My child has migraine – symptoms, causes and prevention
Migraine in children often goes unnoticed by parents, but it is a much more common problem than you might think. The reason for this is that children are often unable to express their pain clearly enough, and so the stabbing headache in children remains a simple headache for the time being. But even in children migraine is associated with many other typical symptoms such as apathy, fatigue and paleness.
In contrast to adults, children often have migraines that affect the entire head – or headaches play only a minor role, leaving other complaints to take precedence. These include gastrointestinal problems, which manifest themselves through symptoms such as abdominal pain, nausea, vomiting and diarrhoea. If your children also get a red or pale colouring on their face and, in addition to headaches, have tachycardia, increased body temperature or dizziness, you should assume that migraine could be the cause. Dizziness can also be a sign of migraine. Children often report strong needs such as thirst or urge to urinate, feel tired and are exhausted.
The causes of migraines in children are just as unclear as in adults, but it is now clear that at least certain so-called “trigger” factors can trigger a migraine attack. These factors include:
- Excessive physical exertion often leads to headaches in children. This can not only be due to dehydration, but also to the fact that children can be very sensitive to low blood sugar levels. This can be prevented by drinking plenty of water during exercise. In addition, a strengthening meal two to three hours before exercise is effective against low blood sugar.
- Psychological factors such as stress and anxiety can trigger migraines. The psychological stability of children can also be endangered by electronic devices and media as well as insufficient physical activity and family and school problems. Such psychological problems can trigger migraines.
- Unhealthy sleeping habits such as excessive sleeping or lack of sleep have emerged as possible triggers of migraine. An unbalanced sleep rhythm and the late sleep associated with it are also part of these unhealthy sleeping habits. Children have a great need for regular, restful sleep, which is very important for their development.
- Some foods such as cow’s milk, eggs, cheese, chocolate, caffeine, grain >fatty foods can increase the risk of migraines, as children are generally more sensitive to your food. External stimuli such as light, weather, noise and chemicals contained in exhaust fumes, dyes and other things around us can also cause migraines in sensitive children.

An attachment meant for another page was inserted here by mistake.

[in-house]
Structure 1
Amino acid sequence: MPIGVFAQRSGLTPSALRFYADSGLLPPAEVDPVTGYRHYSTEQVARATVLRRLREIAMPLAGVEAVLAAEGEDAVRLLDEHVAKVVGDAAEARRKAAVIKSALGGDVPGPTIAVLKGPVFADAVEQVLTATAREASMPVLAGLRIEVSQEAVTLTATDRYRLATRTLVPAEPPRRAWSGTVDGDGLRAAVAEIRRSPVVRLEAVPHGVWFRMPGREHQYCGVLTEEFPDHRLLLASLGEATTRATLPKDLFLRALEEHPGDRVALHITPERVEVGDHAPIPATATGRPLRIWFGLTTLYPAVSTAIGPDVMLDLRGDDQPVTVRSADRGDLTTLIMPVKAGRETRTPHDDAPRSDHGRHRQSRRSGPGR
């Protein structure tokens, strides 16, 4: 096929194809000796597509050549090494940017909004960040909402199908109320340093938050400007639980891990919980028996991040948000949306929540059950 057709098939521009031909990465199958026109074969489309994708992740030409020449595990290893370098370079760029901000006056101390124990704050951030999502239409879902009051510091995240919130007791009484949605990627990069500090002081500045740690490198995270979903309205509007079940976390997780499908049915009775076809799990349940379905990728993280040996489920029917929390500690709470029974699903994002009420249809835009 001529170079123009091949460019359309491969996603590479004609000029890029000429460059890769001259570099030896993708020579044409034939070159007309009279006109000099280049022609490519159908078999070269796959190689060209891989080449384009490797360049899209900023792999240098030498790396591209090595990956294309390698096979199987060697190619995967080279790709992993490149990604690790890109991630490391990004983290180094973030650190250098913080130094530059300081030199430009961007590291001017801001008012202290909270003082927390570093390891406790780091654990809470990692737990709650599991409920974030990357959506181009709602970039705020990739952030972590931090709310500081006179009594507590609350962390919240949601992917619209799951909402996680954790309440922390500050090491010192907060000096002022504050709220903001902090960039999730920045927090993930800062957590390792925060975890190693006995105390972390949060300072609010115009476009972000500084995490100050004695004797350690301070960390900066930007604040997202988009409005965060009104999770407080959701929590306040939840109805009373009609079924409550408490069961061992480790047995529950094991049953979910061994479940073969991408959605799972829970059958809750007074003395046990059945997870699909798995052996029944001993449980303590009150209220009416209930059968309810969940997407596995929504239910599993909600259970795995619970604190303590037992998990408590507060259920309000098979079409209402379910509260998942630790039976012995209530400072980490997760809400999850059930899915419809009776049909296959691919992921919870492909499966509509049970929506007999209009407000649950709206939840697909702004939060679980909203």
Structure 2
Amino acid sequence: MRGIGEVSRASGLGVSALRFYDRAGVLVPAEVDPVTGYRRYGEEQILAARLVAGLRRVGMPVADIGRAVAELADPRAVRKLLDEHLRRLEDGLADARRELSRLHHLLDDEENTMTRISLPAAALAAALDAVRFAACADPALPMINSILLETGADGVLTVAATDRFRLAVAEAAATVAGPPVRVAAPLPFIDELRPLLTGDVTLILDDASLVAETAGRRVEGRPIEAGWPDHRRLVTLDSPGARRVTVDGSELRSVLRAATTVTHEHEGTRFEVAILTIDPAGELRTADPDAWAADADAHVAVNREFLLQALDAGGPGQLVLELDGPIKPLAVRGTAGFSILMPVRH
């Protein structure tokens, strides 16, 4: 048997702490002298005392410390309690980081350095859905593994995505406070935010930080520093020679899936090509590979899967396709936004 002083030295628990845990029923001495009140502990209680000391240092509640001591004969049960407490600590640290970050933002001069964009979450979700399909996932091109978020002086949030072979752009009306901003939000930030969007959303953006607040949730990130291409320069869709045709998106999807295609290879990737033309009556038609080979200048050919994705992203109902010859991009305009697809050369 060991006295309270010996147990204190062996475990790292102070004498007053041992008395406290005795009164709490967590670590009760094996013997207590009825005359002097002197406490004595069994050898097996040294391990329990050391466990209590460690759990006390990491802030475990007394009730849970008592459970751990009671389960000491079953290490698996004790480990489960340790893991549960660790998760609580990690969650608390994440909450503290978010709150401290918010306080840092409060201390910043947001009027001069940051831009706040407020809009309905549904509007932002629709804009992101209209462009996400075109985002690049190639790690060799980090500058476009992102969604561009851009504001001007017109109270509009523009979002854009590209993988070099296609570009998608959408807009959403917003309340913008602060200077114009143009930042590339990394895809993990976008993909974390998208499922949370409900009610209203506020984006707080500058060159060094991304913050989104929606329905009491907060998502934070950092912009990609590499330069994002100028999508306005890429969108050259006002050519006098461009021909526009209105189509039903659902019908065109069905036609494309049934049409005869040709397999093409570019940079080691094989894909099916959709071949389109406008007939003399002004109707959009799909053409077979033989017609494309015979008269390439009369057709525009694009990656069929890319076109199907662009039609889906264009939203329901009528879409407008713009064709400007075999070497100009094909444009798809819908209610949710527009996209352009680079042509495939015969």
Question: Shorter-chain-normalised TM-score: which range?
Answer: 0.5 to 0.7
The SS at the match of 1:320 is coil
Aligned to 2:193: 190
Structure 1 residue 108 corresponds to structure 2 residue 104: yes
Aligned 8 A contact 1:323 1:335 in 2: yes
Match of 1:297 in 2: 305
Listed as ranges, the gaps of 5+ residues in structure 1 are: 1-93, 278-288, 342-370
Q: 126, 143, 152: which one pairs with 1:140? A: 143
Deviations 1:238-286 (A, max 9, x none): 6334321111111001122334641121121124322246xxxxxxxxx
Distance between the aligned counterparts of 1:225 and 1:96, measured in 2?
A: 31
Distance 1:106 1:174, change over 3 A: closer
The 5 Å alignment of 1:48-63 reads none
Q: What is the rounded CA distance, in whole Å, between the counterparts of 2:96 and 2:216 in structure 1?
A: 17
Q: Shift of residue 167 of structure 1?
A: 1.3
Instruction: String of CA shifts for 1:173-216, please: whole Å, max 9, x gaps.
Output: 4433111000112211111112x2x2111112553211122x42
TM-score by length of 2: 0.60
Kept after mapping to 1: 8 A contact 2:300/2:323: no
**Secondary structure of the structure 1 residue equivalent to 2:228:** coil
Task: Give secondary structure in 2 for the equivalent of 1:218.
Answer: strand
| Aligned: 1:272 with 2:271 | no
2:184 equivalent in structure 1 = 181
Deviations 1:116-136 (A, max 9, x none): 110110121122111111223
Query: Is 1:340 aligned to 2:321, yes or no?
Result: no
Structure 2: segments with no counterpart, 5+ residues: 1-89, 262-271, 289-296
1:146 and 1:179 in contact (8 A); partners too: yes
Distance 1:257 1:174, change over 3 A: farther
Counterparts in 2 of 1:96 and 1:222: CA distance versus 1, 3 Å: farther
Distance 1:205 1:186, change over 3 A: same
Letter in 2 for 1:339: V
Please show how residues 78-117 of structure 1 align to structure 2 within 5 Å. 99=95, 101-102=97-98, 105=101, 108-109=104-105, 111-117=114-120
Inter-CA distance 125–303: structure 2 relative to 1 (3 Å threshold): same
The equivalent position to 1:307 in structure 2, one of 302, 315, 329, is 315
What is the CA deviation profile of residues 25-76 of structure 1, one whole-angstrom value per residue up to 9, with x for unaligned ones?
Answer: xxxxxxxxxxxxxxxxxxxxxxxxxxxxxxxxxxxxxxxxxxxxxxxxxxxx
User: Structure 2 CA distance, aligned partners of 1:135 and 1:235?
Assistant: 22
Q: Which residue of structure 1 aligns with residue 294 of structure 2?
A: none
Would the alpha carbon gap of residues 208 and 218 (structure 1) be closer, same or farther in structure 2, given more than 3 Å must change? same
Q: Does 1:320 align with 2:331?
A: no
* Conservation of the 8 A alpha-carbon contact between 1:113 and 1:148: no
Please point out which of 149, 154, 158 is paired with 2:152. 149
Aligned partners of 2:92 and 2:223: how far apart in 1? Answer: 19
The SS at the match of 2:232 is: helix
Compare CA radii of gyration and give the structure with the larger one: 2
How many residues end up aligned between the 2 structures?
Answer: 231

The most important thing if you notice a migraine in your child: do not panic! Stay calm and show your child that you are going to take it easy and help him. The best treatment for migraines in children is a combination of home remedies and medications.
First of all, it is best to take your child to a darkened room and ensure that there is a sufficient supply of fresh air. Switch off all sources of interference such as radio and television and put your child to bed. In this quiet environment, your child should first try to sleep for a few hours. A gentle massage with peppermint oil on the neck, temples and crown will help to calm your child down. A cold cloth on the forehead can also relieve the pain and help you to calm down and fall asleep. Such non-drug methods have proven to be much more effective for child migraines than for adults – and should therefore always be preferred to drug treatment. Try to help your child fall asleep, or fall asleep after half an hour, or the pain will go away by itself during this period. Usually, such non-drug treatments are sufficient to quickly relieve headaches and migraines.
If there is no other way around it in the end, take classic headache remedies such as paracetamol and ibuprofen in children’s doses – preferably as juice. Do not give your children your own migraines. Drugs such as acetylsalicylic acid can be dangerous for children, as they can easily be overdosed, with potentially fatal consequences for the child. If the migraine does not subside or gets worse after using a painkiller, be sure to see a doctor as soon as possible.
In order to prevent migraines in children, it is important that the child gets enough sleep. Unhealthy, irregular sleep can be a cause of migraines in children. Healthy eating habits are just as important as balanced sleep. Make sure your child drinks enough fluids and eats regularly in appropriate amounts. If your child is exercising, make sure that he or she does not overdo it and that he or she takes sufficient breaks. In general, a stressful and strenuous everyday life should be avoided if possible in order to prevent migraines optimally. Prevention by medication is more complex, so you should preferably consult a doctor.